Today my son ate a piece of apple, and yesterday he had some meat. We threw a massive party with my husband to celebrate (he stopped eating them and started spitting them back out again the next day, let’s just say it’s a work in progress.) I get to celebrate ten times a day. I celebrate the first time he understands the commands ‘stand up’ or ‘sit down’. I get to celebrate the first time he understands that he should put the puzzle piece into the puzzle, not slide it behind him. I get to celebrate when he learns how to point – even more so because it took me three months of doing it ten times a day to teach him and he only learned to do it at the age of two and a half! I get to celebrate when he learns to wave ‘hi’ and ‘bye’ – and I love the huge proud grin he gets when he knows he’s doing it right. I get to celebrate when he learns to give me a picture of what he wants in order to get it, instead of throwing a tantrum or crying. One day in the (hopefully not too distant) future I will celebrate when he allows me to put a sweater on him or learns to tolerate a blanket at night.

I celebrate these things and think of how lucky I am because if he had been born in another time and place, he may never have been able to do them. Without the fantastic people around us, the programs, the therapies, he really would be living a life locked in a world of looking at his fingers, sliding things around on the floor, and tantrums. Worse, he might have lived in a world where he would be automatically locked into an institution, not able to see his parents, and considered to be less than human. I hope this world is gone.

Do not tell me what to do, just help me financially

When he was a newborn, I planned out Michael’s life. I knew what schools he would go to, had mentally signed him up to all the right co-curricular activities that he would start at 18 months, and was deciding to ‘gently guide’ him to a law degree at Sydney Uni. I may have named him after a former High Court judge. I am entitled to do that.

After the diagnosis, our plans have changed, but don’t feel sorry for us. We have some good plans to replace them. The school has changed. The uni degree may never happen. I’m angling more for electrician now, because of how much he likes bright lights, tools and cords. It would also be nice to have a useful person in the family for a change. Our plans involve more things like ‘is able to catch the bus’ or ‘may be able to go to the shops to buy milk’ but they are still good plans and we will be just as proud of him if he achieves them as if he had become a high court judge by the age of 35. More so, because he will need to work harder to get there than many of the brilliant lawyers I know.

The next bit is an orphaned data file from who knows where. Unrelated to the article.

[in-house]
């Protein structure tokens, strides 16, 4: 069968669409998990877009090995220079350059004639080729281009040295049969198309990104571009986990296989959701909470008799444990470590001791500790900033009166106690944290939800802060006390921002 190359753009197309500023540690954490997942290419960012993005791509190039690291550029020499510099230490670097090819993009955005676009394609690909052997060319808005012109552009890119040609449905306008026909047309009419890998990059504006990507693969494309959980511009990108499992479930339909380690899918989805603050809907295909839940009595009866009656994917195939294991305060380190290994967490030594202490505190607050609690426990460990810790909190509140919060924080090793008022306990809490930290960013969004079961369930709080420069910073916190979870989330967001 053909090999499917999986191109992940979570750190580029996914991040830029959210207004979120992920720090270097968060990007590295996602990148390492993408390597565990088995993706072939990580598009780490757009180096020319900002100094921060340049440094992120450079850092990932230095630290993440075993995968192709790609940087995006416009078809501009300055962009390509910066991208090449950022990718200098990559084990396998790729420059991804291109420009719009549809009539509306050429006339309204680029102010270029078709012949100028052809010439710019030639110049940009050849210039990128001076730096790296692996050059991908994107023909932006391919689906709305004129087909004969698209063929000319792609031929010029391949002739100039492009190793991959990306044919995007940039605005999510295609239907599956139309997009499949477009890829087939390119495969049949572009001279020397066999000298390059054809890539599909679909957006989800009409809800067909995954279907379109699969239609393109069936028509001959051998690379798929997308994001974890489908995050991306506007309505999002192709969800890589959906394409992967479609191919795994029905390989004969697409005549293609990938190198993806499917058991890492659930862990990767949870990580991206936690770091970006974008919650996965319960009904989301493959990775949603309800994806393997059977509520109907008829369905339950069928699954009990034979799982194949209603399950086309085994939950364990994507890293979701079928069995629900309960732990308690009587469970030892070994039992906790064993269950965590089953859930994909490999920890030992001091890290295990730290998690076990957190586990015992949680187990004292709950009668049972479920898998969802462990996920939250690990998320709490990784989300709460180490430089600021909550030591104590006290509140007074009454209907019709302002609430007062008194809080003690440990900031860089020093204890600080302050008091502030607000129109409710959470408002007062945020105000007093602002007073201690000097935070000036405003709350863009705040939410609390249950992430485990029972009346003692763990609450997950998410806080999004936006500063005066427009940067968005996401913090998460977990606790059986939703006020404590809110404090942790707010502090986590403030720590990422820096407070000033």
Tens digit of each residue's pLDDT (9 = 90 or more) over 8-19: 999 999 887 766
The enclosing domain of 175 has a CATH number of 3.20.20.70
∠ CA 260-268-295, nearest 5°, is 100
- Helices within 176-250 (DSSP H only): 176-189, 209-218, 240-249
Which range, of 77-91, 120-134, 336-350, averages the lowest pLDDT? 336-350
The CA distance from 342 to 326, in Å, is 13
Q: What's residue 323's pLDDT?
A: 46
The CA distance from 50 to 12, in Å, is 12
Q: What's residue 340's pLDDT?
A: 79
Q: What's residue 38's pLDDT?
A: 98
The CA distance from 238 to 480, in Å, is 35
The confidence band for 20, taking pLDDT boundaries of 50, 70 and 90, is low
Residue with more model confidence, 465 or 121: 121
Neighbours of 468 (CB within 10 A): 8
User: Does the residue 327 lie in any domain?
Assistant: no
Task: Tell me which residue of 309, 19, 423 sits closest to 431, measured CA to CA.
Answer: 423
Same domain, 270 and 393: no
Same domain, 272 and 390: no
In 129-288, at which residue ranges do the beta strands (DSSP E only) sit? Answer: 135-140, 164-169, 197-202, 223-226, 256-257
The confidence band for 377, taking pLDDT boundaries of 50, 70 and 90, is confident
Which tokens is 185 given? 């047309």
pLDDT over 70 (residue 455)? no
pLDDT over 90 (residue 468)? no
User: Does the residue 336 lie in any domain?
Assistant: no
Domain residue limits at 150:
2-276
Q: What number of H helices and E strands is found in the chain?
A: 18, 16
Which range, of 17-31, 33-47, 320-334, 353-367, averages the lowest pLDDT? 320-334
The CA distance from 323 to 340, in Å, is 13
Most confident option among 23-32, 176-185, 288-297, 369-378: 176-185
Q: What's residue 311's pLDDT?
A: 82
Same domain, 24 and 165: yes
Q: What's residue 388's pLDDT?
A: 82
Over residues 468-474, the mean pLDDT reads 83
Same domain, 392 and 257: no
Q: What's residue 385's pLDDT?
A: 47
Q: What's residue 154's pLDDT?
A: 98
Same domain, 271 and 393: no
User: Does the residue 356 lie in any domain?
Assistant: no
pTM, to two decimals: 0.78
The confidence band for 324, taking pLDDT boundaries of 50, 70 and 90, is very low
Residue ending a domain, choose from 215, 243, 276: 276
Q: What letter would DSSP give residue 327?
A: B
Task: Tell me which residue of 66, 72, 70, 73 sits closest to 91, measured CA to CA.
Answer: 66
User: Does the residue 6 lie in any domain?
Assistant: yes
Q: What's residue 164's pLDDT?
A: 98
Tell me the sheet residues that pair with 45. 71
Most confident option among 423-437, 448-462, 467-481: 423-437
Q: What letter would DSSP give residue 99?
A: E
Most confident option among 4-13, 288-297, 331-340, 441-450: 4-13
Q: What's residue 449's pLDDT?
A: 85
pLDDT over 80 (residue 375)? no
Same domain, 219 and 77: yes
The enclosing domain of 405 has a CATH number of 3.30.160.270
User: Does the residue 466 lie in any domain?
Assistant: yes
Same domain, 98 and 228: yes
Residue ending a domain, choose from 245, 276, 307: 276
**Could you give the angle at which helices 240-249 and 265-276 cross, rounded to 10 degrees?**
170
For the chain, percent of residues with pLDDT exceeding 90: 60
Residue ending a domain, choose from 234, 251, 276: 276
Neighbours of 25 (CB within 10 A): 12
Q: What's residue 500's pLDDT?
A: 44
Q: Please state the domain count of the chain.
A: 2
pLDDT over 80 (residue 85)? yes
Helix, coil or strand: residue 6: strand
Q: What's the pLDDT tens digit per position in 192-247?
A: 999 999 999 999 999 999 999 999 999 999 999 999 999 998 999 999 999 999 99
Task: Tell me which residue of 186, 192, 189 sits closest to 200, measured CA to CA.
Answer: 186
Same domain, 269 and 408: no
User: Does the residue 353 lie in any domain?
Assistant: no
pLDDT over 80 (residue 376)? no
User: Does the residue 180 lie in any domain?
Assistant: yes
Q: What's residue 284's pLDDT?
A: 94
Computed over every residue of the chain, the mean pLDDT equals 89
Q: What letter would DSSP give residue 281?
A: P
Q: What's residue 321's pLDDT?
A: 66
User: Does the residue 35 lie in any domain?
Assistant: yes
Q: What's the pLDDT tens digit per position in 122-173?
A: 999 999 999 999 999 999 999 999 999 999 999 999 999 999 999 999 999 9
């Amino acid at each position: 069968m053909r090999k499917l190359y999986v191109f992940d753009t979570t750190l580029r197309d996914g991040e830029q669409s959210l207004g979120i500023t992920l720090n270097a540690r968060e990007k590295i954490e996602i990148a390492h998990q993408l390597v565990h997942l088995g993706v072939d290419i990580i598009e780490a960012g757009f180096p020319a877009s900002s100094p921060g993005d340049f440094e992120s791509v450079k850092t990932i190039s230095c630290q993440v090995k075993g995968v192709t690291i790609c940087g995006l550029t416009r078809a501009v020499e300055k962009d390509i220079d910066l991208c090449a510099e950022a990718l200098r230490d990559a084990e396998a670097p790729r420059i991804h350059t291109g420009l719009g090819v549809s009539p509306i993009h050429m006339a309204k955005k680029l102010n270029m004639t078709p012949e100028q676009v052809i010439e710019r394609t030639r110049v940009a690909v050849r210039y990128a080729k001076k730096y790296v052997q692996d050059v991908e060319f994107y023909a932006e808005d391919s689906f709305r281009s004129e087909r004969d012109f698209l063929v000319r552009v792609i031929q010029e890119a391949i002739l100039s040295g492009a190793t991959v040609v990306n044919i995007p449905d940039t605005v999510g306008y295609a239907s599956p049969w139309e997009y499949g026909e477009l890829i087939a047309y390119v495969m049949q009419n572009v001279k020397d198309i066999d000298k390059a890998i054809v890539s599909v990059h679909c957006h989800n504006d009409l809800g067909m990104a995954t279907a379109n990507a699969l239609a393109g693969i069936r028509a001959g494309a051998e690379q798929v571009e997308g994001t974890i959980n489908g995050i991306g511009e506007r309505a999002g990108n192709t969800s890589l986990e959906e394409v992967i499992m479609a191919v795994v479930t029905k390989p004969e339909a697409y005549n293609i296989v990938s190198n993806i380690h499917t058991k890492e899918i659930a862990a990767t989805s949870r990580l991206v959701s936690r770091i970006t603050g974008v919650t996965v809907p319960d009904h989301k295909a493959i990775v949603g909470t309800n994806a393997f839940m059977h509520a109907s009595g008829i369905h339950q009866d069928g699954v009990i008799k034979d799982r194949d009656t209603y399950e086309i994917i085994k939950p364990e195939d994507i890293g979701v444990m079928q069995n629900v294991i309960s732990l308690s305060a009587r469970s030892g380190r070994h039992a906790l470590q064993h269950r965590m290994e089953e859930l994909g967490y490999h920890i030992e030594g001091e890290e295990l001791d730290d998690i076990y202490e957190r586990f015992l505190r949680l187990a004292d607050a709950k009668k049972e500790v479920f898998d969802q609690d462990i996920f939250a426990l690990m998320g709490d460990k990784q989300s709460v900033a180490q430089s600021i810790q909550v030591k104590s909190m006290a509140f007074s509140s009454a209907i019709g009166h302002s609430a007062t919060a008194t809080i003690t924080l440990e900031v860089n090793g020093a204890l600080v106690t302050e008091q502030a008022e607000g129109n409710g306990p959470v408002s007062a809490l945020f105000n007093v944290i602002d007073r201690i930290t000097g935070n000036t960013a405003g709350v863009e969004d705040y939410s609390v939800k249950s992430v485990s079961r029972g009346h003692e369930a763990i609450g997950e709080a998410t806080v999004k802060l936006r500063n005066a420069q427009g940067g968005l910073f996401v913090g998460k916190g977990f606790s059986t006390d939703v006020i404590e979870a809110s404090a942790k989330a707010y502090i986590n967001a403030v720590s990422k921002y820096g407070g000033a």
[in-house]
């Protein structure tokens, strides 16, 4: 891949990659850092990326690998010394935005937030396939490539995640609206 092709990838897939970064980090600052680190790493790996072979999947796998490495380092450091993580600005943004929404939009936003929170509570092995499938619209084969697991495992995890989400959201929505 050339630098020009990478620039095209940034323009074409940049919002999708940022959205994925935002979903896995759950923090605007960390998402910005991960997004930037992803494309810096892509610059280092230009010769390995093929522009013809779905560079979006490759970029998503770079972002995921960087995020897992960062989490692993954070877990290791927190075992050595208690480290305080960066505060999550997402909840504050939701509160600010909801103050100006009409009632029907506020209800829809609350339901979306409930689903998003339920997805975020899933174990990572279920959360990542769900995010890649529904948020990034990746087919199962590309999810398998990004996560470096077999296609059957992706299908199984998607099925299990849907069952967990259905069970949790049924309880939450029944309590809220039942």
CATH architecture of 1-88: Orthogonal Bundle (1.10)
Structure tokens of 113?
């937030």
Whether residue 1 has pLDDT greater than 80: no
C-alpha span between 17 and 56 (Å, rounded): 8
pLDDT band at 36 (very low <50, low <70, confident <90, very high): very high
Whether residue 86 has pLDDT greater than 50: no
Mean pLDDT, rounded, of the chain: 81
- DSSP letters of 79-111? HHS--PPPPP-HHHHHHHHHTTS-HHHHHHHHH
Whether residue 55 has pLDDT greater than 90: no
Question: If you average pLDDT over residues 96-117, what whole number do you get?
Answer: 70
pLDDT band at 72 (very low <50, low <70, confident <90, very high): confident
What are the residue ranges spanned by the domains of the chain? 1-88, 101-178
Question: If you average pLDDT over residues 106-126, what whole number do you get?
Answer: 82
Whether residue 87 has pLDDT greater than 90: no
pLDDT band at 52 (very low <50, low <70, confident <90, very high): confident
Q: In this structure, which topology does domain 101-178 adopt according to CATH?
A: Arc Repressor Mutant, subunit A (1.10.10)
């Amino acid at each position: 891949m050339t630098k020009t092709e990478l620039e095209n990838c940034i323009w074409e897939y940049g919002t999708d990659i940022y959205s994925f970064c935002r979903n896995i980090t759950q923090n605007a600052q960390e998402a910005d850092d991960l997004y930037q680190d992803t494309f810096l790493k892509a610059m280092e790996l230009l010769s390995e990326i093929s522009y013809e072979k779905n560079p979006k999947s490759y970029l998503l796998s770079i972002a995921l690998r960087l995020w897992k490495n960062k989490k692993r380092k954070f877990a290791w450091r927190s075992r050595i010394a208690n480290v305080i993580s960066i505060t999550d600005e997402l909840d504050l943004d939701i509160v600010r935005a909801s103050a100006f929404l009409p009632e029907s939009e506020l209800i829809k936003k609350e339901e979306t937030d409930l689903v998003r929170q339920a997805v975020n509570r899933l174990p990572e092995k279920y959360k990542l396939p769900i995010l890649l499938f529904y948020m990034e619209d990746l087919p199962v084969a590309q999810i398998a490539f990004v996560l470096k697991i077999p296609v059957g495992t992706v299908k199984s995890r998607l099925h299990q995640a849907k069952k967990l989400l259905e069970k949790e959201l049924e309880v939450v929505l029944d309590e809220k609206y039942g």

But I know that with the NDIS and all the other supports available he will have a chance at learning to communicate (even if he never talks). He will learn all the skills he needs to survive and if the current reactions of girls is anything to go by, he will have an entire harem by the time he is sixteen (not that I am encouraging this). I have seen adults with autism that are engineers, chefs, musicians, artists. And others that are not any of these things but are incredibly loved and valued. But I know that the best thing to do with the parent of a child with autism is not to feel sorry for them – it is much better to help them financially, so that they can give their kids the early intervention they need now, to stop them from banging their heads against the wall later. It is also better to get to know these wonderful children themselves and learn all that they have to offer because you might grow to love them (nearly) as much as their parents do. After all, wouldn’t it be great if we could all learn from them how to be happy, by ourselves, just looking at the way the trees are waving in the wind?

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5 comments

  1. “Worse, he might have lived in a world where he would be automatically locked into an institution, not able to see his parents, and considered to be less than human. I hope this world is gone.”

    Or murdered, as in Nazi Germany.

    Recently I read Oliver Sack’s autobiography. There’s a brief bit where he describes autistic inmates of an institution in about 1972. I cried. Much too close to home for me.

    Some of the hate directed against people with autism, particularly from certain groups, disturbs the hell out of me. Both our Michaels bring so much more love and joy into the world.

    Reply
    1. I know I read Neurotribes it’s awful. I didn’t even want to read it but I thought I owed it to them to at least know what they went through. I remember the parents of the kids in the Nazi institutions, they actually said ‘do whatever you want, just don’t tell us about it’. I can’t imagine! I would have said you can have him over my cold, dead body.

      Reply
      1. Quite a few parents took their children out of the state sanitoriums and moved them into private care or home so they would be safe. Of course that required enough funds to be an option.

        I can’t imagine either, or rather I don’t let myself imagine. Too much stress.

        Reply